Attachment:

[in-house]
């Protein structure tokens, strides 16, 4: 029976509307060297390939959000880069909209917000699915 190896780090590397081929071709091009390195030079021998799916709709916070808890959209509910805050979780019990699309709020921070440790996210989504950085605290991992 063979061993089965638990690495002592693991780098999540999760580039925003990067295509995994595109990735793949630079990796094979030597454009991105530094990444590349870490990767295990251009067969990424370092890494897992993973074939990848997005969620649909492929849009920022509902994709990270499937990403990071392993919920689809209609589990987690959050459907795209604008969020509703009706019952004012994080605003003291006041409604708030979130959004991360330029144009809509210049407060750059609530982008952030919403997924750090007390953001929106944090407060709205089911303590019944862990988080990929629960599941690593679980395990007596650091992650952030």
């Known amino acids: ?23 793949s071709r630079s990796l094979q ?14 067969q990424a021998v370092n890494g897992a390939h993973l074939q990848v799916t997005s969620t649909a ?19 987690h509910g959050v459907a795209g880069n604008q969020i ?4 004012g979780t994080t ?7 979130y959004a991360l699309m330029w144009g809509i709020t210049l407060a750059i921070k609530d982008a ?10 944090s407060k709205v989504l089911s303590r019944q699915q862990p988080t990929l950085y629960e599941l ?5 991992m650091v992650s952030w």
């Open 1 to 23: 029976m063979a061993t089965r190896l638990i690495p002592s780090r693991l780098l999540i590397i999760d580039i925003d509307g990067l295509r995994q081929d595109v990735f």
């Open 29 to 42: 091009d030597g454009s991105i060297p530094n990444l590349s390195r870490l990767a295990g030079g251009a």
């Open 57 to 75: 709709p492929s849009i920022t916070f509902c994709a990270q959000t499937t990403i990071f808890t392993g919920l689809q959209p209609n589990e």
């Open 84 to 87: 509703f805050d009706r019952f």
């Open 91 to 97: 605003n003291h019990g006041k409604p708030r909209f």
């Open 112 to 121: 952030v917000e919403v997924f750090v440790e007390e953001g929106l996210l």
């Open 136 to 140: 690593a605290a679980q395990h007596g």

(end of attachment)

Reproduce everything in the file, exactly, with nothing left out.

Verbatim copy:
[in-house]
């Protein structure tokens, strides 16, 4: 029976509307060297390939959000880069909209917000699915 190896780090590397081929071709091009390195030079021998799916709709916070808890959209509910805050979780019990699309709020921070440790996210989504950085605290991992 063979061993089965638990690495002592693991780098999540999760580039925003990067295509995994595109990735793949630079990796094979030597454009991105530094990444590349870490990767295990251009067969990424370092890494897992993973074939990848997005969620649909492929849009920022509902994709990270499937990403990071392993919920689809209609589990987690959050459907795209604008969020509703009706019952004012994080605003003291006041409604708030979130959004991360330029144009809509210049407060750059609530982008952030919403997924750090007390953001929106944090407060709205089911303590019944862990988080990929629960599941690593679980395990007596650091992650952030």
């Known amino acids: ?23 793949s071709r630079s990796l094979q ?14 067969q990424a021998v370092n890494g897992a390939h993973l074939q990848v799916t997005s969620t649909a ?19 987690h509910g959050v459907a795209g880069n604008q969020i ?4 004012g979780t994080t ?7 979130y959004a991360l699309m330029w144009g809509i709020t210049l407060a750059i921070k609530d982008a ?10 944090s407060k709205v989504l089911s303590r019944q699915q862990p988080t990929l950085y629960e599941l ?5 991992m650091v992650s952030w």
């Open 1 to 23: 029976m063979a061993t089965r190896l638990i690495p002592s780090r693991l780098l999540i590397i999760d580039i925003d509307g990067l295509r995994q081929d595109v990735f």
């Open 29 to 42: 091009d030597g454009s991105i060297p530094n990444l590349s390195r870490l990767a295990g030079g251009a």
């Open 57 to 75: 709709p492929s849009i920022t916070f509902c994709a990270q959000t499937t990403i990071f808890t392993g919920l689809q959209p209609n589990e």
């Open 84 to 87: 509703f805050d009706r019952f």
């Open 91 to 97: 605003n003291h019990g006041k409604p708030r909209f």
């Open 112 to 121: 952030v917000e919403v997924f750090v440790e007390e953001g929106l996210l």
């Open 136 to 140: 690593a605290a679980q395990h007596g």